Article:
Cindy Sullivan by Aries Matheus

Cindy Sullivan is as honest and energetic as her artwork. Often using music to inform her hand, Cindy uses a multitude of mediums, including oil paints and digital drawing platforms, to depict the purest of emotions - the joy of a little girl swinging, the intensity of a boxing match knock-out, and the provocative playfulness of Elvis Presley performing.

The emotionality of Cindy’s work both dictates and is dictated by a soundtrack of thoughtfully selected songs which began with the King of Rock ’n Roll, Elvis Presley.

“I think maybe internally I have music in me, but absolutely no musical talent. I feel a song or a musician can totally transport you...in so many different ways,” Cindy said. “One night I drew “Elvis” while listening to his music and drew until dawn! I realized that was the most fun I ever had.

”The drawing beckoned Cindy to make it larger-than-life just like “The King” himself, so during the summer of 2015 Cindy painted a six foot Elvis in her garage while listening to his greatest hits.

This spurred Cindy's habit of going to coffee shops to draw oil pastel portraits while listening to the playlist of a musician who moved her. People began to notice and appreciate the vivacity and motion in Cindy’s work for which she came to be known.



“People would say to me, ‘I love the “movement” in your work.’ I realized, why not build upon it as a strength?,” said Cindy who began to focus on subjects that embodied movement such as athletes, musicians, and children.

Beyond her natural talent for capturing vivacious subjects, Cindy has another even more personal relationship with movement, which she explored during an Urban Walls Brazil sponsored art talk she gave.


“I met Roberta through mutual friends in Annapolis. She reached out to me to take part in an art exhibit at The Commons in 2017 which Urban Walls helped sponsor,” said Cindy, who continued to say that “Urban Walls both helps bridge communities together and gives public exposure to the arts to those who may not have had such opportunity.”

During her art talk, Cindy spoke on the juxtaposition between the stable movements of her subjects and the difficulties brought about by movement such as Cindy’s traveling to live in five different states and creating art with an essential tremor in her hands.


Jeremy Olsen, Roberta Pardo and Cindy Sullivan at The Commons, Annapolis.

“Having only moved to Annapolis in August 2016, speaking at The Commons was a great way to connect with some of the community and share my passion despite any obstacles of various moves or a physical disability” said Cindy, who continued to say that the essential tremor “proved very challenging when I first began painting and even using digital tools, but I have learned to make it work FOR me. This is why my hashtag is “Joy in Movement”—little play on words!”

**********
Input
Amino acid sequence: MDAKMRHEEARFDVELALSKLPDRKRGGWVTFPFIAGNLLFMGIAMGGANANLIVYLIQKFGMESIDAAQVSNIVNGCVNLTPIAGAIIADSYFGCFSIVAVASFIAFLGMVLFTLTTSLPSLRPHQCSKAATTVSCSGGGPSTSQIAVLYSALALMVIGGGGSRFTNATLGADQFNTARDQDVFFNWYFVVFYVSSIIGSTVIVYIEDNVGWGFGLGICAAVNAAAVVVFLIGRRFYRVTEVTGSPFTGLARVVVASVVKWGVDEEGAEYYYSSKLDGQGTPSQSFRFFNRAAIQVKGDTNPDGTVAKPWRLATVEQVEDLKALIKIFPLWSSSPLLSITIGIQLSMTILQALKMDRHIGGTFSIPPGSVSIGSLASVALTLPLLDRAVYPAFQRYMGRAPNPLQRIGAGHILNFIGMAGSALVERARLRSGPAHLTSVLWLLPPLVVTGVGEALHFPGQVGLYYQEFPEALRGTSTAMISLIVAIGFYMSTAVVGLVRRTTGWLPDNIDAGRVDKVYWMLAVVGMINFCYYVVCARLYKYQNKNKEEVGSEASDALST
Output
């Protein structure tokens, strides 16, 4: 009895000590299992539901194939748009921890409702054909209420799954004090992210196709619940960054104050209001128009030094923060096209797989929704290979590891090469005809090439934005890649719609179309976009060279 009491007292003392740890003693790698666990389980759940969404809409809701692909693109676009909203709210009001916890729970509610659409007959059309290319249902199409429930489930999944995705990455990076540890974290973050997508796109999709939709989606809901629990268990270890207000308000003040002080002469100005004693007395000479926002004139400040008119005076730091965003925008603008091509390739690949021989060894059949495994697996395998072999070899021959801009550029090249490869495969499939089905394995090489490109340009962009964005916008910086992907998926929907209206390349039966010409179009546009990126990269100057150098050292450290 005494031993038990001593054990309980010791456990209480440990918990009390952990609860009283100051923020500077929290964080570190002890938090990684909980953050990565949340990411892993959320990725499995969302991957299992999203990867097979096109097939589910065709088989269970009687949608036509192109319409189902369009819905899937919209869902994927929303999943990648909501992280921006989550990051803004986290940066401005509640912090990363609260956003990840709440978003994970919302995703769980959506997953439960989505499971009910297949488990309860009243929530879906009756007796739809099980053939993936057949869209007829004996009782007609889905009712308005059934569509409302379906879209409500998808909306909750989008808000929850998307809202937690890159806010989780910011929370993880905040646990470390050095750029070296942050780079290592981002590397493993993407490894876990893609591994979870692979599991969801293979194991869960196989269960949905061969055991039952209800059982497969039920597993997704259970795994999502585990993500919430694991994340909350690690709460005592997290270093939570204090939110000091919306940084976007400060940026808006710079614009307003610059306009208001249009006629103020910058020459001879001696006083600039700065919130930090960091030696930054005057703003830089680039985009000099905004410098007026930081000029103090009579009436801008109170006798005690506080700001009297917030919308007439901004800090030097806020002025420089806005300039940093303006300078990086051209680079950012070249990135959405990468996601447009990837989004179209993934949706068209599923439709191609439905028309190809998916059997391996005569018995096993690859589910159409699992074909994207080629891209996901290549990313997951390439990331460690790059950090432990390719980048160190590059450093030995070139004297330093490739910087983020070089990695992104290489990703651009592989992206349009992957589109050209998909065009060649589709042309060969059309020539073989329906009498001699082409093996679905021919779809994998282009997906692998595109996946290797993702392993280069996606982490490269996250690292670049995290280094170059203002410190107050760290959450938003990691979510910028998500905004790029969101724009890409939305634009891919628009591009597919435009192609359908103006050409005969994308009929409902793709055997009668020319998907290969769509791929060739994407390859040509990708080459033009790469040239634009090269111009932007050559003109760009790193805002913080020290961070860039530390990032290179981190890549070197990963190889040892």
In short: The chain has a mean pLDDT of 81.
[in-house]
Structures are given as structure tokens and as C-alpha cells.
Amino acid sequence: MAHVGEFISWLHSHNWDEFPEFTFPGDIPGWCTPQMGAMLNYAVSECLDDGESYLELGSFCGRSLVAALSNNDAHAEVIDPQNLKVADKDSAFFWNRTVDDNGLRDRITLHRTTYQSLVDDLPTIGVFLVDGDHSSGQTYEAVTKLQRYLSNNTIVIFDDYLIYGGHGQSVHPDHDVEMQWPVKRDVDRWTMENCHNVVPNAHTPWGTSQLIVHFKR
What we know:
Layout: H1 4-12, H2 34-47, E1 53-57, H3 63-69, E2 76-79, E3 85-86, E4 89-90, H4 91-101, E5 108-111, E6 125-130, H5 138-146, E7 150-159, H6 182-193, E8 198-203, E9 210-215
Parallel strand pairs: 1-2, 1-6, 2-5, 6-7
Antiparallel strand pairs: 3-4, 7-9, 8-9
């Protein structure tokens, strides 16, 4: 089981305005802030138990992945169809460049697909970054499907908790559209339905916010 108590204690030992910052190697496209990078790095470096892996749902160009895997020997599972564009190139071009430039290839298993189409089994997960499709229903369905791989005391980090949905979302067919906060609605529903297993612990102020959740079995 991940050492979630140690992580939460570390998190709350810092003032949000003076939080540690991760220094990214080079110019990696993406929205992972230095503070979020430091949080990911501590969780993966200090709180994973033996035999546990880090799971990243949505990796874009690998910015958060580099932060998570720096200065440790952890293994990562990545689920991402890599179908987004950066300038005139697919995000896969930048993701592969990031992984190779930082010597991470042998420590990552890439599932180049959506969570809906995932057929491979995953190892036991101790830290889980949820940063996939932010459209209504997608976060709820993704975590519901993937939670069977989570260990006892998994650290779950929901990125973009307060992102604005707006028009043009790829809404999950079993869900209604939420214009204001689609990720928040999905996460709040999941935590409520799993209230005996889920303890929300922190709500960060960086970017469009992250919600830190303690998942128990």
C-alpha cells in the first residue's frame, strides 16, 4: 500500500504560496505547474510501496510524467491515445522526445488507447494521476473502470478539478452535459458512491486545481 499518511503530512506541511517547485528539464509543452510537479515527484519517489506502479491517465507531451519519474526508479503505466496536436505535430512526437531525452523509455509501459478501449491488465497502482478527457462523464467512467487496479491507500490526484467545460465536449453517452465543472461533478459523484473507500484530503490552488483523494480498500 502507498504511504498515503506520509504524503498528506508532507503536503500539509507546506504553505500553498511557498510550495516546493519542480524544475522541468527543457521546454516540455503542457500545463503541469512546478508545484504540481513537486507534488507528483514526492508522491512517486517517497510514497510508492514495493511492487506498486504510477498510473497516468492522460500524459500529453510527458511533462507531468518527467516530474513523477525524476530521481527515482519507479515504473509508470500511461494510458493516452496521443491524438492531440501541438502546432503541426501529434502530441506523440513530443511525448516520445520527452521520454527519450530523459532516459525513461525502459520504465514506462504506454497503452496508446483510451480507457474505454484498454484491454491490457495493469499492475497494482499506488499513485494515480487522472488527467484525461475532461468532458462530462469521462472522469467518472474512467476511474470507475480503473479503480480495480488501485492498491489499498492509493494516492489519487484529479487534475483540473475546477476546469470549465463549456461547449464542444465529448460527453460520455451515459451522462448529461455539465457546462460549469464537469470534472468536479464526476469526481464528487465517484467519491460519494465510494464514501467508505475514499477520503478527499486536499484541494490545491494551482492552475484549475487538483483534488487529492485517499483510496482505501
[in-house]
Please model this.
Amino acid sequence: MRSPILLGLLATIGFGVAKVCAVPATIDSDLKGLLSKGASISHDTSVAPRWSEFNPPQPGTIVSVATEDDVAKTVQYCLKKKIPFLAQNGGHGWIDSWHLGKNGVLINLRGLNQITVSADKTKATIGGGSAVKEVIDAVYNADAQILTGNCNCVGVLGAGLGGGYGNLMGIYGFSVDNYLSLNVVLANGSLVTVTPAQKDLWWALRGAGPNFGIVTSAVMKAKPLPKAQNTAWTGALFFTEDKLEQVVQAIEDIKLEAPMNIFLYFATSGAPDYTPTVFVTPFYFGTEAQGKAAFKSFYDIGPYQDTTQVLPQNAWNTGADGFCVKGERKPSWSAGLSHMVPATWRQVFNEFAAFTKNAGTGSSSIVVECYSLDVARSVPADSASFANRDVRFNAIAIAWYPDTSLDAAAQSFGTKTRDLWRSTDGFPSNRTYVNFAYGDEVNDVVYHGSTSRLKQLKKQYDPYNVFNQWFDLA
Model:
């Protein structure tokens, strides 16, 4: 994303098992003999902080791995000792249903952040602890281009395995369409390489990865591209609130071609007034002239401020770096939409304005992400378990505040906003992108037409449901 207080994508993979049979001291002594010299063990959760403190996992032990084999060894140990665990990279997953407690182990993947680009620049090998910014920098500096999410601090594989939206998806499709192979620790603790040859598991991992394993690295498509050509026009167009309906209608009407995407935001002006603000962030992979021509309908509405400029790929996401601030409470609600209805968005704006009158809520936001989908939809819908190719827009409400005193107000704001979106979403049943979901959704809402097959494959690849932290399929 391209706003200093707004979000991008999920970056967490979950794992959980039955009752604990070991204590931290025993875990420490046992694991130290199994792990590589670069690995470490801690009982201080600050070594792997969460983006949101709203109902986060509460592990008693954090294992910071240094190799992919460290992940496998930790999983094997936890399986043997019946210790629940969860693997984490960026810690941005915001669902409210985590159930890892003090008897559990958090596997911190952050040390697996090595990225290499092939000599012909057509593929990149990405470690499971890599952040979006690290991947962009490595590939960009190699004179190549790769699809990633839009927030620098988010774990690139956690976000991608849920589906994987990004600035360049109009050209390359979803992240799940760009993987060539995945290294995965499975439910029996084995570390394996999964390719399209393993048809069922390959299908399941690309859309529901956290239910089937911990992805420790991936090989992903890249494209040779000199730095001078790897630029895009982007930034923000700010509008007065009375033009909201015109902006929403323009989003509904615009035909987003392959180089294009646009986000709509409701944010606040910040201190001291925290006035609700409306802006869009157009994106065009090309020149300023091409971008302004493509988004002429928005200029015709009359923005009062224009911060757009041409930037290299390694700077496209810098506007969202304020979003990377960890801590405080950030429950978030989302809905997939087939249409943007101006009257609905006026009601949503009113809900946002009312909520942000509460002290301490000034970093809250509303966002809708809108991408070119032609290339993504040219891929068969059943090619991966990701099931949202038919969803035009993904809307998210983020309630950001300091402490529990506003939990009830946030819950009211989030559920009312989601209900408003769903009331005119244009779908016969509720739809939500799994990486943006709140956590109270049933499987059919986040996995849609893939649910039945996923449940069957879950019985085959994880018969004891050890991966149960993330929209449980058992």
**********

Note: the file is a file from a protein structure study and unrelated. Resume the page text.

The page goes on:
After learning to use her personal experience with movement to progress her artwork, Cindy took the spontaneity and fleeting nature of actions to the next level with something she calls “Live Drawing Sessions” where she draws a live scene in real time on her iPad.

“There is a different kind of energy in capturing people live in movement, but a challenge I like taking on for the kind of attention it requires. I need to make very fast decisions and change course often depending on the conditions at hand,” said Cindy, whose most notable art is created during Live Drawing Sessions to capture the movement and essence of hundreds of live bands in Annapolis while they perform. “For example, someone can decide to block my view, people can come and go, but it has such an authentic candidness to it that it is worth it.”

Cindy equates the connections made during these live drawing sessions with those created by Urban Walls Brazil. “Like Urban Walls, I believe it invites a cross-section of viewers which might never happen in a traditional art exhibit environment.”

Before Cindy developed her style and fell into a rhythm she had only explored art informally.



“I have drawn on and off since I was a child, but attempted painting as an adult in 2003. I started with one painting class at the Armory Art Center in West Palm Beach, Florida, never expecting it to grow into such a passion.” said Cindy, who used her passion to fuel the growth of her technical talent. “By the time I moved away from Florida in 2007, I felt I had enough skills and confidence to continue my artistic path when relocated to Las Vegas, Nevada. I took undergraduate classes in art at both the community college and university level before completing the MFA program at UNLV in Drawing and Painting in 2013.”


During Cindy’s time learning technical applications of art and practicing the practical applications of the skills she learned by completing live drawings, Cindy found the nexus of why art and movement are so passionately entrenched in her life.

“Life itself “moves” me - seeking to elevate the ordinary in ways that inspire others,” Cindy said. “We need to put the wonder or color into our days, our lives, and I believe art is one of the ways we infuse such meaning.”